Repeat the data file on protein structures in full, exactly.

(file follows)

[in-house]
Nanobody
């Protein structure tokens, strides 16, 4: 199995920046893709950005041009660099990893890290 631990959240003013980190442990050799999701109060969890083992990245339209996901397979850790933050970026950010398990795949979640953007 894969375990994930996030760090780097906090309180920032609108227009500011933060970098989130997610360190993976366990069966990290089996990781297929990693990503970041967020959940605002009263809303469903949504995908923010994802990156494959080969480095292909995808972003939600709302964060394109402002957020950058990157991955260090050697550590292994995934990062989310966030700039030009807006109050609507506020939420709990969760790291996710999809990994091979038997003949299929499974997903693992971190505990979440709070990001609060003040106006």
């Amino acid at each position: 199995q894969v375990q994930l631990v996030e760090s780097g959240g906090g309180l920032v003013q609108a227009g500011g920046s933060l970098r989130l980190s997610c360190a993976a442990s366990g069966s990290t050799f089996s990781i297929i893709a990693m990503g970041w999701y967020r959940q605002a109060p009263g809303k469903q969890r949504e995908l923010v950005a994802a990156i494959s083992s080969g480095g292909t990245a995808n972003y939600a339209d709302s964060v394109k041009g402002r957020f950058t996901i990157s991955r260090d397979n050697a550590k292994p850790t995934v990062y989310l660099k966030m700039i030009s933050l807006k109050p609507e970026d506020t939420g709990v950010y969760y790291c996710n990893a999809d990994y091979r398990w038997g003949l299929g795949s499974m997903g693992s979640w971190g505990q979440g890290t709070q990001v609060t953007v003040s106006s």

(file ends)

[in-house]
Nanobody
């Protein structure tokens, strides 16, 4: 199995920046893709950005041009660099990893890290 631990959240003013980190442990050799999701109060969890083992990245339209996901397979850790933050970026950010398990795949979640953007 894969375990994930996030760090780097906090309180920032609108227009500011933060970098989130997610360190993976366990069966990290089996990781297929990693990503970041967020959940605002009263809303469903949504995908923010994802990156494959080969480095292909995808972003939600709302964060394109402002957020950058990157991955260090050697550590292994995934990062989310966030700039030009807006109050609507506020939420709990969760790291996710999809990994091979038997003949299929499974997903693992971190505990979440709070990001609060003040106006």
């Amino acid at each position: 199995q894969v375990q994930l631990v996030e760090s780097g959240g906090g309180l920032v003013q609108a227009g500011g920046s933060l970098r989130l980190s997610c360190a993976a442990s366990g069966s990290t050799f089996s990781i297929i893709a990693m990503g970041w999701y967020r959940q605002a109060p009263g809303k469903q969890r949504e995908l923010v950005a994802a990156i494959s083992s080969g480095g292909t990245a995808n972003y939600a339209d709302s964060v394109k041009g402002r957020f950058t996901i990157s991955r260090d397979n050697a550590k292994p850790t995934v990062y989310l660099k966030m700039i030009s933050l807006k109050p609507e970026d506020t939420g709990v950010y969760y790291c996710n990893a999809d990994y091979r398990w038997g003949l299929g795949s499974m997903g693992s979640w971190g505990q979440g890290t709070q990001v609060t953007v003040s106006s």